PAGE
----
If Scrooge Can Change, Why Can’t You or Your Team?

Posted by on Dec 19, 2013 in Leadership | Comments Off on If Scrooge Can Change, Why Can’t You or Your Team?

Can People Change or Not? 
I was having a conversation with an old friend, who also happens to be a C-Suite executive in a large global corporation.  He expressed how important staff development was to him and the desire to have a higher functioning executive team.  After lamenting about some dysfunctional behaviors on his executive team, he said “People don’t change; they are fundamentally who they are.” After thinking more about his comment, I asked myself “What makes sense about his view?” I administer leadership assessments, and there is validity that someone’s personality does not change. However, personality profiles predict leadership behaviors, and while we have a tendency to behave in a certain way, we can choose to behave differently given the right motivation, courage and sufficient practice.

imagesNOCVG9EFIf Scrooge Can Change,
Why Can’t You?  

According to one of my mentors, cultural anthropologist Angeles Arrien, there are 2 things that ignite breakthroughs in behaviors: “A brush with death, or to be seized by destiny.” There is nothing like a near death experience or the threat of loss to ignite you into action to make necessary behavior changes.  It can be the potential loss of a relationship, your marriage, your health or your job. To be seized by destiny is when you are motivated by a compelling vision, purpose or mission. This is perfectly illustrated by Charles Dickens, in his book “A Christmas Carol.”  I am sure you have seen one of the many movie adaptations where Scrooge has a brush with death and is seized by destiny.  Scrooge has a wake-up call, a dramatized cost/benefit analysis and you know the rest of the story.

It Takes Motivation, Courage and Practice to Change a Behavior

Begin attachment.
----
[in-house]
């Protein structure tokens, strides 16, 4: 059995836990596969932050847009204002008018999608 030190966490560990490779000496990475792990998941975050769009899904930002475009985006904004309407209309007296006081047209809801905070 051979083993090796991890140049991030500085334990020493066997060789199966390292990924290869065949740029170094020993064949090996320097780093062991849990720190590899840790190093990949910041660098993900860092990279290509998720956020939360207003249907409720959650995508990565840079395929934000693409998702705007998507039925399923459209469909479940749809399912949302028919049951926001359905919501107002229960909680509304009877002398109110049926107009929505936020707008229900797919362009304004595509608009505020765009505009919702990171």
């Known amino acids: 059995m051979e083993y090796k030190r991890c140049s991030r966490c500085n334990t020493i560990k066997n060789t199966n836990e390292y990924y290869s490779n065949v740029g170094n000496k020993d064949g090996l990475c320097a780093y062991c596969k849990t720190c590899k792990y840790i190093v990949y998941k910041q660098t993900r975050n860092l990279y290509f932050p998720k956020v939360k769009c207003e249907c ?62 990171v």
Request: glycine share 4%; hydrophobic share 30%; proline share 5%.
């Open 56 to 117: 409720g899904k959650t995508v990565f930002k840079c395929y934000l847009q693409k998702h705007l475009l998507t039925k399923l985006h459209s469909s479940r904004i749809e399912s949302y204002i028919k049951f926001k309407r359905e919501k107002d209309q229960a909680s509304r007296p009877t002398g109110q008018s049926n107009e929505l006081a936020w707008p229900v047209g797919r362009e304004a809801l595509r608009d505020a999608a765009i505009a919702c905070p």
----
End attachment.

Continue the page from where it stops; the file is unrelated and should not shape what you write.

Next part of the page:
I recently coached a senior level executive at a large global corporation.  She was recently promoted and at the beginning of our engagement I performed a 360 degree performance evaluation and a Hogan Leadership Assessment.  There is a scale on the Hogan called Interpersonal Sensitivity on which she scored very high and which was consistent with the feedback she received on the 360. She was very diplomatic, excellent at building relationships and caring towards her staff. Other behaviors that were not so helpful given her score were being conflict avoidant and not setting boundaries.  She was perceived by others as not advocating important issues or holding her ground with her peers and boss. After exploring what was really important to her and the cost and benefits of changing her behavior, she was able to start with low risk opportunities to make a shift and then move onto higher stakes situations.  There were several initiatives that were very important to her, one specifically regarding staff retention that required her to step into her power and advocate her position in the face of opposition. These initiatives provided the motivation to make the necessary behavior changes to achieve her goals. After a year, these changes were positively noted by her staff, boss and peers.

If you are looking to take your leadership to the next level you might consider starting with the Hogan Leadership Assessment and a 360° Performance Appraisal.  This will create awareness about your values, strengths and behaviors that are holding you back from being your best self. Coaching is a perfect gift to support your growth and propel you toward your goals, purpose and vision.  After all, New Year’s is right around the corner.